Like all things, having a great life during your retirement years starts with a good plan. While many folks start planning for retirement early, many things happen along the way to derail their original plans. Hardships happen in life, you may borrow against your 401K to purchase a home, many folks discover that a divorce decimates income they’d counted on for their retirement years.

If long-term illness, paying for unexpected hardships and other problems finds you middle-aged and wondering how to pay for retirement, there is hope and several ways to recover using a revised retirement plan.

Create Realistic Goals

Examine what you look forward to every day and every week. What types of things do you like to spend your time and money on? Chances are those are the same activities you’ll savor having time for during your retirement years. Most people have a vague plan to travel the world when they retire. In reality, you may not enjoy much of the hassle that comes with extensive travel in today’s world.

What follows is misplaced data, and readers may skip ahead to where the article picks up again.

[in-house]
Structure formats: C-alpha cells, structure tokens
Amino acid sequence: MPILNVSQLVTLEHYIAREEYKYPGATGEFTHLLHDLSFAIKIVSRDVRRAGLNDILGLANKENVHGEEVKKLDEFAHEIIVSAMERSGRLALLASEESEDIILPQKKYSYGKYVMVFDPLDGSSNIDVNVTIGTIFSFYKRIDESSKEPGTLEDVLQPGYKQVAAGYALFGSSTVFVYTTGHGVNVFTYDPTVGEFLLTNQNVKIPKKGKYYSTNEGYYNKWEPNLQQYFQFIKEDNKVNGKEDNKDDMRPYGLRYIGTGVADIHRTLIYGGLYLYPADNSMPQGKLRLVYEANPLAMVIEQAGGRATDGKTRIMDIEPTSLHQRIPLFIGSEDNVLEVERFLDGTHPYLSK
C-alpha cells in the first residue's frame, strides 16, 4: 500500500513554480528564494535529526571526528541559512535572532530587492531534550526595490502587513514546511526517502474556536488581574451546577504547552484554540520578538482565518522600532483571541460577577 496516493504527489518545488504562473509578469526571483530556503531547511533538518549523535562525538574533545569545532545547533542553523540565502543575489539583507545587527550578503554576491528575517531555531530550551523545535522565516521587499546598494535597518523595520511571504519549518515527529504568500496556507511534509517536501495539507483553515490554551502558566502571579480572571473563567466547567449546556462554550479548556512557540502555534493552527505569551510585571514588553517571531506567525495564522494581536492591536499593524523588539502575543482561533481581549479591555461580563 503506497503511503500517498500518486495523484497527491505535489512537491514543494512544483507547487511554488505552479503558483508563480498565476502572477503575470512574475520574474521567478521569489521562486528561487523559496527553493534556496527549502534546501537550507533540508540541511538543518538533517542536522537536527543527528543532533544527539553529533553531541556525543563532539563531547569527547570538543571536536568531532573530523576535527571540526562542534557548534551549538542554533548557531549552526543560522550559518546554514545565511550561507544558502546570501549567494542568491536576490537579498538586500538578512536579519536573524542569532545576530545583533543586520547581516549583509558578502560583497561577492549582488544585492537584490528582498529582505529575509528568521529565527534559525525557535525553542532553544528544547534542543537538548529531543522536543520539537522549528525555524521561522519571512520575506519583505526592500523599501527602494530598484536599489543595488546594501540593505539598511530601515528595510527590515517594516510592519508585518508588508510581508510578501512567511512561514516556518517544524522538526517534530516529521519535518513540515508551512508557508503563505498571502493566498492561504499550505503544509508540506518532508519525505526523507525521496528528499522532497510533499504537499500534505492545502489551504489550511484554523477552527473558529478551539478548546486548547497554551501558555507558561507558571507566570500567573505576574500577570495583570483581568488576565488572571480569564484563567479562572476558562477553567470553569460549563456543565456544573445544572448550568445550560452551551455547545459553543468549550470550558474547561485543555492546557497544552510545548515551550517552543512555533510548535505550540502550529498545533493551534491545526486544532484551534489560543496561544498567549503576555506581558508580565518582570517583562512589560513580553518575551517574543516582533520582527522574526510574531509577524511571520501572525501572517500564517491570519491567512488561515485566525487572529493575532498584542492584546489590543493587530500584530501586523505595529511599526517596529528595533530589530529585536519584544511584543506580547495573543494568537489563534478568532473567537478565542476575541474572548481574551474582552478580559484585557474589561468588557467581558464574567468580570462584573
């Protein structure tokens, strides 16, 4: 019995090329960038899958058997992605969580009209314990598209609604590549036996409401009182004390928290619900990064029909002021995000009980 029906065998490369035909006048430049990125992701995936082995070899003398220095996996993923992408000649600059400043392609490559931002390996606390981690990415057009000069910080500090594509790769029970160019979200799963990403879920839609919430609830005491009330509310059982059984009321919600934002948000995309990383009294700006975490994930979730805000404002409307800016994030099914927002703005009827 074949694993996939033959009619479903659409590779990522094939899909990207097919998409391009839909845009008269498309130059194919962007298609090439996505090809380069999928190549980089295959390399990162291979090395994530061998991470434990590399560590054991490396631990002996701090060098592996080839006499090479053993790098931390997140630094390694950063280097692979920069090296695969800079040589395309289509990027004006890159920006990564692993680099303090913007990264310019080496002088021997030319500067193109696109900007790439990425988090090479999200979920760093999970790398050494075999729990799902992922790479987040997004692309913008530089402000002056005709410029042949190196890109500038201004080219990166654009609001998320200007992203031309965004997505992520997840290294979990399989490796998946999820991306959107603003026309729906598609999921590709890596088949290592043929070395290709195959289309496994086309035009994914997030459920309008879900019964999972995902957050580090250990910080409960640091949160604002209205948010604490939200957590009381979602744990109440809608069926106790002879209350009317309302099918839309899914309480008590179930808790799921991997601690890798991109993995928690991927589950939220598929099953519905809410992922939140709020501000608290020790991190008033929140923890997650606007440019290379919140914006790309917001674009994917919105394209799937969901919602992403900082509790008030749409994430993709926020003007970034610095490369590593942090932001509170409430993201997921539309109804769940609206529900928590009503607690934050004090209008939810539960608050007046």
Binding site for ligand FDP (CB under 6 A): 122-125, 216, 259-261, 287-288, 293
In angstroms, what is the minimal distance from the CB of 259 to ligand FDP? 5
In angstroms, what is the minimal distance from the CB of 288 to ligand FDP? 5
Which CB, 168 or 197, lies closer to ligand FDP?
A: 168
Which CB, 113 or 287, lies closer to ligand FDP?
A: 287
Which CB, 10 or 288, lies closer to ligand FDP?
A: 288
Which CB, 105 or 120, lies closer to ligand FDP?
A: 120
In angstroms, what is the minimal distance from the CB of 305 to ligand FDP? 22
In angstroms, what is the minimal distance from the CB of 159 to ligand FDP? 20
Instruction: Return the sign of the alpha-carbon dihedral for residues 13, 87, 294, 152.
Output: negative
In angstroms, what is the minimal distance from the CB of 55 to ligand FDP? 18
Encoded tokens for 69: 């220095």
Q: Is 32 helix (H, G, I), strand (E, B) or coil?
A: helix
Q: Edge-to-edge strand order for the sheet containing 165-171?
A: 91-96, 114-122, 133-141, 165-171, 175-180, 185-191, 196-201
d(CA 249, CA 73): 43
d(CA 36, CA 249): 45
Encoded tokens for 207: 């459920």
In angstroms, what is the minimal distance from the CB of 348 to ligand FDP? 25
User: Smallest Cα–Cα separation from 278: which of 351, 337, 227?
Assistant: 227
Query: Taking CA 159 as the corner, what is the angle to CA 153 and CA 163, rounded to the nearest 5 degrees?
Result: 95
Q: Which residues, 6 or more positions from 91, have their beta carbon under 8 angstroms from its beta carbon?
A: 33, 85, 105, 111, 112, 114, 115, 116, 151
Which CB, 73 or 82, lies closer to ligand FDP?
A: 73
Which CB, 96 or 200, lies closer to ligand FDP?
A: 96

If possible, try out some of the activities you dream of doing once you retire. This gives you the opportunity to discover what you really enjoy doing. Once you identify those things, determine how much money it takes to maintain your current lifestyle and pay for what you want during your retirement years.

Consider Working A Little Longer

Traditionally, folks in our society planned to retire between age 62 and 65. Right now, the average 65-year-old will live to approximately 85 years of age. One in four will live past the age of 90. Yet, many folks opt for early retirement at the age of 62. Many of the early retirees live to regret that decision.

If you wait to retire until the age of 66 or 67, you’ll see your income increase by about 25 percent. An additional 25 percent a year provides a lot of money for living expenses and discretionary funds. Without it, your retirement years may not prove as fulfilling as you hoped.

If you work a little longer, put away another one or two percent of your salary, and talk to a financial planner, you have a higher than average chance of enjoying your retirement years – not just surviving them.